Originally Posted by FutureFitChick
I didn't think that calcium excesses were reached until 2 or 2.5 g/day. (The supplements provided only about 25% of that level.) Still, that is a huge cutback on the potassium, unless the previous form and this one have very different bioavailabilities.
I'm doing some reading and found this:
In states where non-prescription potassium citrate is legal, the maximum allowable over-the-counter (OTC) dose for elemental potassium is regulated by the FDA to be no more than 100 mg (approximately 3% of the daily allowance).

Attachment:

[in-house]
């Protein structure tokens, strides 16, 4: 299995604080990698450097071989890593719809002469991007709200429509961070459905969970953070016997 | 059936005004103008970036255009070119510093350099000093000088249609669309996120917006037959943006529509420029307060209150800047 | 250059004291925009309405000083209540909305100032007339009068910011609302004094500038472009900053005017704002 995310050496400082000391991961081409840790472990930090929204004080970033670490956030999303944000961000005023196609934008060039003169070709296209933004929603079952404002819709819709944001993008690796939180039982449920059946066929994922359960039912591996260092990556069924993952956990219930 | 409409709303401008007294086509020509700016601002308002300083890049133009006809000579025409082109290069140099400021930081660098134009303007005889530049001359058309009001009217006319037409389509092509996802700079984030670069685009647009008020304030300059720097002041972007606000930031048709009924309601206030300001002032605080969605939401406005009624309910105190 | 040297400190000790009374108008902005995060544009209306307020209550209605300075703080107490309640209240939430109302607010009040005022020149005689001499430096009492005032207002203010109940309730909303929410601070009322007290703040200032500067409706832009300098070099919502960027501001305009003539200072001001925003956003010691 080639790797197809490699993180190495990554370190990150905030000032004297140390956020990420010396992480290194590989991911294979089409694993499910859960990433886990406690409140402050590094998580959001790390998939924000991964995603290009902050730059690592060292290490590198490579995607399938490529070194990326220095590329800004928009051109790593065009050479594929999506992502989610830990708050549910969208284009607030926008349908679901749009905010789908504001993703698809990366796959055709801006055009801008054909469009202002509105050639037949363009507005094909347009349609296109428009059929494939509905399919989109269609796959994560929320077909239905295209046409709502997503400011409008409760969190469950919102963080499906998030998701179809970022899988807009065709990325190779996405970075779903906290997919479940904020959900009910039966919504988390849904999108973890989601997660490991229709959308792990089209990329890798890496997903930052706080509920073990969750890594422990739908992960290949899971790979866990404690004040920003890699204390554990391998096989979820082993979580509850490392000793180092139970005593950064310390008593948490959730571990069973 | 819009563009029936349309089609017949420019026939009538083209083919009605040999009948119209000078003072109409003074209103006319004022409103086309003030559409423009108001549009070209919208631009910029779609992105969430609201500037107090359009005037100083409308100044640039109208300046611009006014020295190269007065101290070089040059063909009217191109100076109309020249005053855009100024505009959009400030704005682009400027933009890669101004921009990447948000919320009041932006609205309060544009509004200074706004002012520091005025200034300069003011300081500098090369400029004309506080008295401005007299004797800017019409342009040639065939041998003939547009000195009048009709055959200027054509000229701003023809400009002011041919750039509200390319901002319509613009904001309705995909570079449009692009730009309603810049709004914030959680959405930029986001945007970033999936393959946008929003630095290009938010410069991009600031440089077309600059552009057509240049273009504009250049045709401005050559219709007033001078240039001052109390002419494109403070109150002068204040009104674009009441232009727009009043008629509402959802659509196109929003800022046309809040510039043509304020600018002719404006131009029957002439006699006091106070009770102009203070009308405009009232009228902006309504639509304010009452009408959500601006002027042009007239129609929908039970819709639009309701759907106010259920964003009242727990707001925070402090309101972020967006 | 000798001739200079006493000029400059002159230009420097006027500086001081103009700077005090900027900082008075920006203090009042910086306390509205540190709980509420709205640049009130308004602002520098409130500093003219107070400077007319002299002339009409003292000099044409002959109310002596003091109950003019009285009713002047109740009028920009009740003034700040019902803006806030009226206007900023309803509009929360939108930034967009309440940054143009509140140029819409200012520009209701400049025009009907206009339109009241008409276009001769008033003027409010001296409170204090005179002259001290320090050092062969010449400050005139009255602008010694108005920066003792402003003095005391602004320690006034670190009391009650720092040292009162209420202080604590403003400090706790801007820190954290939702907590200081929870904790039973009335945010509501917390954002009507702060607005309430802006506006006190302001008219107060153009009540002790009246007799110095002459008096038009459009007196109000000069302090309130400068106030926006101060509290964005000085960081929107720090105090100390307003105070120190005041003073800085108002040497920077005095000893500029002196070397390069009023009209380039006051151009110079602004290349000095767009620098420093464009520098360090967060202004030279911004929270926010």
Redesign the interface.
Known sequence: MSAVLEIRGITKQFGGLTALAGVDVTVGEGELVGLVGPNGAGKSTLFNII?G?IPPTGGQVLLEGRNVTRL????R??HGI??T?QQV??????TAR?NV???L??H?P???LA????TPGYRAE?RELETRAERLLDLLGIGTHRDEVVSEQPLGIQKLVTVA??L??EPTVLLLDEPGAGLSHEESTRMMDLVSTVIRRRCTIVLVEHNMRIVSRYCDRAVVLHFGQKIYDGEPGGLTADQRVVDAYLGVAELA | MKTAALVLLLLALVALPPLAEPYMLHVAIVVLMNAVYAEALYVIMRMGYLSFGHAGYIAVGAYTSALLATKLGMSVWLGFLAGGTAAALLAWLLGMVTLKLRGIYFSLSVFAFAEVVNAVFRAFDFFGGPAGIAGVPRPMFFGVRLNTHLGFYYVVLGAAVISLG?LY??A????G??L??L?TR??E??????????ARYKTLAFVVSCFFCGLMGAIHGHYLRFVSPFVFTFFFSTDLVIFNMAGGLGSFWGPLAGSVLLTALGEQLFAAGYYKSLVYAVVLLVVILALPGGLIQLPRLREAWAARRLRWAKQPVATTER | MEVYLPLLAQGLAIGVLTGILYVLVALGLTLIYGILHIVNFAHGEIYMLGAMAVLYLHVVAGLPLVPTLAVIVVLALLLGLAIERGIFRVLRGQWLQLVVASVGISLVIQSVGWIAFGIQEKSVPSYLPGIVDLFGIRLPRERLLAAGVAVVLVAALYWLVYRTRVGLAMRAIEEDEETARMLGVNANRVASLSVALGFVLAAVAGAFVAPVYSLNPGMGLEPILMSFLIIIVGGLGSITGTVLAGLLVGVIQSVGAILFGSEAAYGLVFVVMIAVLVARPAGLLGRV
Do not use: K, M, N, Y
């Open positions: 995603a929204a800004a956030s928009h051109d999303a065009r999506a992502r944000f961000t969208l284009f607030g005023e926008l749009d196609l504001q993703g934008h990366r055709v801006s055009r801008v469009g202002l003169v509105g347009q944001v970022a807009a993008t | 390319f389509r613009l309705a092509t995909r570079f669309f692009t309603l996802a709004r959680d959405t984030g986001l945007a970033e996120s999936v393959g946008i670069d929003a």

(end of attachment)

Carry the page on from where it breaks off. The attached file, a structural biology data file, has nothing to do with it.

That would explain the 99 mg dosage
Also found this:
potassium bicarbonate requires more dosing per day than potassium citrate. The dosing increases are due to potassium bicarbonate's propensity to be metabolized into bicarbonate in the liver.
This might explain the dose reduction from 800 mg potassium bicarb to 99 mg potassium cit